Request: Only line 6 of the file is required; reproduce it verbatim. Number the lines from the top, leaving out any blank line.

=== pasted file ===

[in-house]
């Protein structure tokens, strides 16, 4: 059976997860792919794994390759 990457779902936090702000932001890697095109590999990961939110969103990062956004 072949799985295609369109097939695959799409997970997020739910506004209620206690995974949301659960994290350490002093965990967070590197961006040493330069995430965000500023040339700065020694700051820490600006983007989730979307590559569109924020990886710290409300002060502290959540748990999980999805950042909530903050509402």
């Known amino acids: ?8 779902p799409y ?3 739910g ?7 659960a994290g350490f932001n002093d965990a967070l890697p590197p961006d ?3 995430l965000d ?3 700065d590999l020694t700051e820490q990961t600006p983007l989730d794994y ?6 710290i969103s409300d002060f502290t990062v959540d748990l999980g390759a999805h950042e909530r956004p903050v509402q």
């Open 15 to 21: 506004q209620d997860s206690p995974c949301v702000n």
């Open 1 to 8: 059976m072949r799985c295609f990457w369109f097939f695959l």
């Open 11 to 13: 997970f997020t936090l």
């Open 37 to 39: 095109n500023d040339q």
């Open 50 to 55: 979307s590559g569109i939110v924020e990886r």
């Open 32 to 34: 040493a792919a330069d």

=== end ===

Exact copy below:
């Open 11 to 13: 997970f997020t936090l």